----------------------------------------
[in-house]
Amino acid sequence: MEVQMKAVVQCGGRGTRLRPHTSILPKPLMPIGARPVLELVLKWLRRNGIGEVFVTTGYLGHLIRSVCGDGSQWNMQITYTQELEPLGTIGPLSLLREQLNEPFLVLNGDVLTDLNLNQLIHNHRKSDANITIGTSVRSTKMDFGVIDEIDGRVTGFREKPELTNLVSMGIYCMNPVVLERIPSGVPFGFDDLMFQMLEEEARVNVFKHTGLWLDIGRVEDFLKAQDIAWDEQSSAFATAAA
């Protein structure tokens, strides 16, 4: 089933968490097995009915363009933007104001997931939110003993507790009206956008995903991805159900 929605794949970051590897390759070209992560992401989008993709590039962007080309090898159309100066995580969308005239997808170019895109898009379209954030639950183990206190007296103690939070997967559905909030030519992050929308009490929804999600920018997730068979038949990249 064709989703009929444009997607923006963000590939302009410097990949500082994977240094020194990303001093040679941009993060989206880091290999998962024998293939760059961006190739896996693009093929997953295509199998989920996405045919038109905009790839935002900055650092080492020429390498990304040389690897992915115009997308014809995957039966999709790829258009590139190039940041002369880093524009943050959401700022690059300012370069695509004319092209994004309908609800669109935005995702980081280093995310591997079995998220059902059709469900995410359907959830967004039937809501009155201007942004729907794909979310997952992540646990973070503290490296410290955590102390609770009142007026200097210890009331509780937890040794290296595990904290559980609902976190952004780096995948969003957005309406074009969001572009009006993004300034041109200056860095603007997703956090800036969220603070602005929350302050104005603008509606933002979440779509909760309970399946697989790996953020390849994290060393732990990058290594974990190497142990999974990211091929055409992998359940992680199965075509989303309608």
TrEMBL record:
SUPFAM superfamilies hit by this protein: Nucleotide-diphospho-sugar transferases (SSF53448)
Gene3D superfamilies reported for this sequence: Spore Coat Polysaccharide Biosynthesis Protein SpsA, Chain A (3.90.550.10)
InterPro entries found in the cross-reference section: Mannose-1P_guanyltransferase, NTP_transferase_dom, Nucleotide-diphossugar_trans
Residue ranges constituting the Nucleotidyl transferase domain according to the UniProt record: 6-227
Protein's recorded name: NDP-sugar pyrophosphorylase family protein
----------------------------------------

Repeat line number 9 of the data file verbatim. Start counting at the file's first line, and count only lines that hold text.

Protein's recorded name: NDP-sugar pyrophosphorylase family protein